Hi Emma, I saw this yesterday when a Swedish friend liked it. Then this morning, another friend posted it to my wall, claiming that it reminded them of conversations we’d had. I created a Medium account just to comment.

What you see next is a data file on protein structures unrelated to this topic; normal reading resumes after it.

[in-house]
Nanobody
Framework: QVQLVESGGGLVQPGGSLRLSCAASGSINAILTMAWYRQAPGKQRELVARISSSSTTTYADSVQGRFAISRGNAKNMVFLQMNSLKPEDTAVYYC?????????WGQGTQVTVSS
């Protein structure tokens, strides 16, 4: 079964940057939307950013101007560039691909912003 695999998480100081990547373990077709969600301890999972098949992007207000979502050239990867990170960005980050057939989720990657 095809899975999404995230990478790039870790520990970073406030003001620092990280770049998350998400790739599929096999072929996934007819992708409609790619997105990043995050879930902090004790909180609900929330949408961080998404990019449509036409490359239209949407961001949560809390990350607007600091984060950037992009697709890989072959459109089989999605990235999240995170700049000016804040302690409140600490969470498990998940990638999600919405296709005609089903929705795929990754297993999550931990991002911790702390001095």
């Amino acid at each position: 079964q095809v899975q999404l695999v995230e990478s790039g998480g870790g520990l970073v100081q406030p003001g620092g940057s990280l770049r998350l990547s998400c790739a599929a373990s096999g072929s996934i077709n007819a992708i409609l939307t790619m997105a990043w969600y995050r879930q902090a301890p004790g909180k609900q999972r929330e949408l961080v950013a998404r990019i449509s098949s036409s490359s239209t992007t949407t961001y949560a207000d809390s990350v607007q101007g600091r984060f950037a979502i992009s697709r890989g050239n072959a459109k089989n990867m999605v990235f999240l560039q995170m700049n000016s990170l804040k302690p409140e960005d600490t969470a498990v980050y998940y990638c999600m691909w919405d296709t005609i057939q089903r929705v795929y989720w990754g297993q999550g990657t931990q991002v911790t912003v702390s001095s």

I relate to much of what you wrote, particularly noticing that you don’t end up feeling negatively about yourself when you’re either not dating at all or dating other women. I’m non-monogamous, which means that even though I have a male partner who does not criticize my body, I can still expect to wade through the same old bogs when I put myself out there to meet new people. I should note that my partner has a stigmatized visible disability: he is a dwarf, and as an average height woman I am a foot and a half taller than him. The fact that he himself lacks social capital/privilege goes a long way to explain why he has been able to discern his own attractions from what society has told him he is supposed to want. He is handsome, so in his community of people of profoundly small stature he has always enjoyed attention from the ladies. Finding someone with common interests in such a small cross-section of the population is hard, though. We were a good match in that regard: two reasonably good-looking people who were seen as less desirable because we didn’t fit gender or societal norms. The first few months of dating someone who no one on the street approved of, and who certainly didn’t elevate my social status, were challenging, but I asked myself if I wanted to be the kind of person who let others’ perceptions prevent me from a connection that felt promising. I ultimately decided that I didn’t. That said, I was 36 when we met. I don’t know that I could have made the same decision even 5 years prior. At that point, I was invested in proving that despite having a gender presentation that didn’t appeal to most men, I could date one who was completely my type physically. For two years, I did, and endured incredulous stares from conventionally attractive women who wondered how a freak like _me_ had landed a hot boyfriend…but as it turns out, that kind of validation isn’t enough to build a life on. (I’m oversimplifying things, of course, but once I’d checked the “date someone who is totally your type that accepts you” box, I was over it.)